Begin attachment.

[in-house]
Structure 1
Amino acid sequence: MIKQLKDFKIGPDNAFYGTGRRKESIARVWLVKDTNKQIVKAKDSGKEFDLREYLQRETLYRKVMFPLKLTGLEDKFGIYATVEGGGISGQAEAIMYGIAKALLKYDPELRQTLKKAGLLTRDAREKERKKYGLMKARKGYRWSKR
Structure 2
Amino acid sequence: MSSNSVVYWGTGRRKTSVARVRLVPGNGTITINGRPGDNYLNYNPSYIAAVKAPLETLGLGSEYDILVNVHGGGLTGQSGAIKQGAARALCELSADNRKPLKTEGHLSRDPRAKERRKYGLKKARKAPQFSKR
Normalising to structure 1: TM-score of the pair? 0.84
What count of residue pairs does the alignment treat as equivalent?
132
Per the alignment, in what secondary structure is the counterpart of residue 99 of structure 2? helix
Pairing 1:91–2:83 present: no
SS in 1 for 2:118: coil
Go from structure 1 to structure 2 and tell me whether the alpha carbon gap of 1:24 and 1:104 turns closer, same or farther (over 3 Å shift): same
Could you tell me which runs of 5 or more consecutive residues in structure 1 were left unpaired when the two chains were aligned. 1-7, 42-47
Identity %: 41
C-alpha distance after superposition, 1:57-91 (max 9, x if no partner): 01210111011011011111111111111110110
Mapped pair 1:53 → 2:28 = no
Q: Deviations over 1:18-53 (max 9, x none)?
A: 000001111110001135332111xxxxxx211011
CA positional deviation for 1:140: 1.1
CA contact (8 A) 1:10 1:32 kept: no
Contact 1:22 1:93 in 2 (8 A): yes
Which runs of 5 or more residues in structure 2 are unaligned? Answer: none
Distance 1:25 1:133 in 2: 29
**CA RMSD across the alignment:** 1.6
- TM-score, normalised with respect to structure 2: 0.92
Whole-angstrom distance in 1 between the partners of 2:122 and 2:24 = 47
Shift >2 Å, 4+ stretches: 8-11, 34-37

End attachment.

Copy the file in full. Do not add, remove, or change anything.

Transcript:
[in-house]
Structure 1
Amino acid sequence: MIKQLKDFKIGPDNAFYGTGRRKESIARVWLVKDTNKQIVKAKDSGKEFDLREYLQRETLYRKVMFPLKLTGLEDKFGIYATVEGGGISGQAEAIMYGIAKALLKYDPELRQTLKKAGLLTRDAREKERKKYGLMKARKGYRWSKR
Structure 2
Amino acid sequence: MSSNSVVYWGTGRRKTSVARVRLVPGNGTITINGRPGDNYLNYNPSYIAAVKAPLETLGLGSEYDILVNVHGGGLTGQSGAIKQGAARALCELSADNRKPLKTEGHLSRDPRAKERRKYGLKKARKAPQFSKR
Normalising to structure 1: TM-score of the pair? 0.84
What count of residue pairs does the alignment treat as equivalent?
132
Per the alignment, in what secondary structure is the counterpart of residue 99 of structure 2? helix
Pairing 1:91–2:83 present: no
SS in 1 for 2:118: coil
Go from structure 1 to structure 2 and tell me whether the alpha carbon gap of 1:24 and 1:104 turns closer, same or farther (over 3 Å shift): same
Could you tell me which runs of 5 or more consecutive residues in structure 1 were left unpaired when the two chains were aligned. 1-7, 42-47
Identity %: 41
C-alpha distance after superposition, 1:57-91 (max 9, x if no partner): 01210111011011011111111111111110110
Mapped pair 1:53 → 2:28 = no
Q: Deviations over 1:18-53 (max 9, x none)?
A: 000001111110001135332111xxxxxx211011
CA positional deviation for 1:140: 1.1
CA contact (8 A) 1:10 1:32 kept: no
Contact 1:22 1:93 in 2 (8 A): yes
Which runs of 5 or more residues in structure 2 are unaligned? Answer: none
Distance 1:25 1:133 in 2: 29
**CA RMSD across the alignment:** 1.6
- TM-score, normalised with respect to structure 2: 0.92
Whole-angstrom distance in 1 between the partners of 2:122 and 2:24 = 47
Shift >2 Å, 4+ stretches: 8-11, 34-37